• Doctor Who: In "The Girl in the Fireplace", the Doctor needs to break through a window, and mentions that he'd need a truck to do it. When he actually does break through, he does so on an available horse. Horses being living creatures with a sense of self-preservation (and notoriously skittish besides), it would take supernatural powers or extreme abuse to force a horse to charge through a window, and the impact would severely injure if not kill it.
  • Game of Thrones: Bronn describes Dornish sand steeds in these terms, which could easily be hyperbole for their great endurance.
  • Mentioned in an episode of Lark Rise to Candleford, where a curate preaches a sermon about treating a pony badly and finally understanding a spiritual message through the animal's pain. It is a clue to why the priest acts as a mendicant and puts other people's welfare above his own, almost to a fault.
  • The Musketeers: Averted in the third episode when Bonnaire tries to escape the Musketeers' custody by galloping off on his horse, only for it to stop moving completely after a few miles. When D'Artagnan, who grew up on a farm, catches up he smugly points out that if Bonnaire hadn't overworked the horse he might have got away.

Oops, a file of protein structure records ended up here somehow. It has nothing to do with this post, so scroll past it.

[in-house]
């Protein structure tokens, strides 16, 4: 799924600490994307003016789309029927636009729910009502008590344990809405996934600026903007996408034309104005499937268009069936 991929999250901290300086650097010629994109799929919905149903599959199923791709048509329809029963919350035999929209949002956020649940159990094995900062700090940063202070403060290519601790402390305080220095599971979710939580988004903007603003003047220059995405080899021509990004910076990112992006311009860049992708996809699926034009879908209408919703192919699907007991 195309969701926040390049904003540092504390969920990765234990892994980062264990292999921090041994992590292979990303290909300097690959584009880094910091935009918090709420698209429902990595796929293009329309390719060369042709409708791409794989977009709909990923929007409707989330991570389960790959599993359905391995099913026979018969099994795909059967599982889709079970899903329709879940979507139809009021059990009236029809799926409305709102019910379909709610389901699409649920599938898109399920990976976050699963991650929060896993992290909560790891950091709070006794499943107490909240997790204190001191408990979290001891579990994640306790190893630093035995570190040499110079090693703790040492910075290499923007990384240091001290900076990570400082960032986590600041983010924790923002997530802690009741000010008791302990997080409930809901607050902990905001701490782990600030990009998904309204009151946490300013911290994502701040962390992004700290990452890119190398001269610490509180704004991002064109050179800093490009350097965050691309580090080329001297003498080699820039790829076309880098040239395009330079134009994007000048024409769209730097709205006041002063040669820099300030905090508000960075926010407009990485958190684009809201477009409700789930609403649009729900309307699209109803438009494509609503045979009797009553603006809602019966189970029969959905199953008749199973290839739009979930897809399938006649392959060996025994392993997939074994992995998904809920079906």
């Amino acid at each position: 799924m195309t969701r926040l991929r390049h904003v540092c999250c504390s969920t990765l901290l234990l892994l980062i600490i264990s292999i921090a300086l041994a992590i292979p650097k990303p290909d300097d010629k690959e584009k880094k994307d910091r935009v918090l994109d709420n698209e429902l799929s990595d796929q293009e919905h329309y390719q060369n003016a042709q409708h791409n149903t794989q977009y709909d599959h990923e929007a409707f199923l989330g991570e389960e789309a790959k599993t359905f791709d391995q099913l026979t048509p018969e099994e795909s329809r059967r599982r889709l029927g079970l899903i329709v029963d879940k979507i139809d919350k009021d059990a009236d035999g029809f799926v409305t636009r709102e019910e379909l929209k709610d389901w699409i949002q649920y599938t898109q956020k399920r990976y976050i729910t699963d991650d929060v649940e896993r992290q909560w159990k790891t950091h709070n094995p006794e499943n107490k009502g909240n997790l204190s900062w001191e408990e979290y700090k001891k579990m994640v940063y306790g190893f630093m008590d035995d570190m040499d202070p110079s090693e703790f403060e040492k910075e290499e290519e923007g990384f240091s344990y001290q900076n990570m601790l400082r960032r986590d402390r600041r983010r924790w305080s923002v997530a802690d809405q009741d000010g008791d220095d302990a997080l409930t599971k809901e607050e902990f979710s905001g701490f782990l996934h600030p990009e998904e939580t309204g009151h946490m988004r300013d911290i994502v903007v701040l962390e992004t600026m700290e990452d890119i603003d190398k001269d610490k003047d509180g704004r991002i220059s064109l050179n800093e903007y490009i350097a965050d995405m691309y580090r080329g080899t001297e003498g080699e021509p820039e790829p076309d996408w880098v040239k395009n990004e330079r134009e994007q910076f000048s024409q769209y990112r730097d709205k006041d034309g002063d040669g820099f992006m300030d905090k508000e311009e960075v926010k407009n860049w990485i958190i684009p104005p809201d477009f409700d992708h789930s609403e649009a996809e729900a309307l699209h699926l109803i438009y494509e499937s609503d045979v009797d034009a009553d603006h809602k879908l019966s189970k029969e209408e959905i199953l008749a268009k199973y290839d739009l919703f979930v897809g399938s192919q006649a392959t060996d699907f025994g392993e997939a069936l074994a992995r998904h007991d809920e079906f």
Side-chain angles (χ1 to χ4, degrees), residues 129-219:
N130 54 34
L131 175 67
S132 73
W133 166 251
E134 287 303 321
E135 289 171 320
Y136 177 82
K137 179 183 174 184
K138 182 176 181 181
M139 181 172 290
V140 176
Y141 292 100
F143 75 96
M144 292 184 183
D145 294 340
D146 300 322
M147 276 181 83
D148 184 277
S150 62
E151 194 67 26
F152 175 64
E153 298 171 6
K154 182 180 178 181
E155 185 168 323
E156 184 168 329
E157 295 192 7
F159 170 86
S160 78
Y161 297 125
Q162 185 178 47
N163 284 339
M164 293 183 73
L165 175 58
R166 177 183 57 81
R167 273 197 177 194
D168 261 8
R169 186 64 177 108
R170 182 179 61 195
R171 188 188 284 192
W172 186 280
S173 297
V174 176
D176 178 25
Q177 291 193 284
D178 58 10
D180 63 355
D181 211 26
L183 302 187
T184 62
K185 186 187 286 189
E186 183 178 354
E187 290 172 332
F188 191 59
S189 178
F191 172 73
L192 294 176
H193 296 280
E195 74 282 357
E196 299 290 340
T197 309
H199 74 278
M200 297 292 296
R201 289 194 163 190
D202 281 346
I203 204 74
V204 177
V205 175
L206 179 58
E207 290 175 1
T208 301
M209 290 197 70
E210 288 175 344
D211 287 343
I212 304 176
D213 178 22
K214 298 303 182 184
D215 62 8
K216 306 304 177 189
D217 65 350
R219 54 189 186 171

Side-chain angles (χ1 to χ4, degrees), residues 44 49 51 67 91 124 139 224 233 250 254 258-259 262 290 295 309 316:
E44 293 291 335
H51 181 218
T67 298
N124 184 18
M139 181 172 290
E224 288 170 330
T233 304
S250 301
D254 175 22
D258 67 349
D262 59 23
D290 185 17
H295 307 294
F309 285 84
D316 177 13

Video Games 
  • Assassin's Creed:
    • Exaggerated in Assassin's Creed III. Horses can get shot by a musket volley, lay down on the ground for three seconds, and then get back up and ride normally as if nothing happened. The only time when a horse actually dies in the game is in a cutscene.
    • Assassin's Creed: Odyssey in which you travel all over Ancient Greece, island to island, gives you Phobos, also known by players as 'the Horcycle'. You whistle for him, and he comes. He can stumble, and temporarily die if you gallop off a cliff too high, and when you've travelled about 60 seconds he can be called for again.
    • Assassin's Creed: Valhalla similarly has Eivor's horse (or reindeer, or very big cat, or polar bear), which can run up and down the length of England without ever needing to stop. They do have a limited stamina meter which can run out, but after a moment it'll recharge.
  • Cavalry horses in the early days of Battlefield 1 were notorious for being these. They had the ability to soak up bullets (and even cannon fire) without any form of crippling effects, gallop indefinitely and even leap over vehicles or onto buildings. Occasional wonky Frostbite Engine physics also sometimes allowed them to win a head-on collision against armored cars.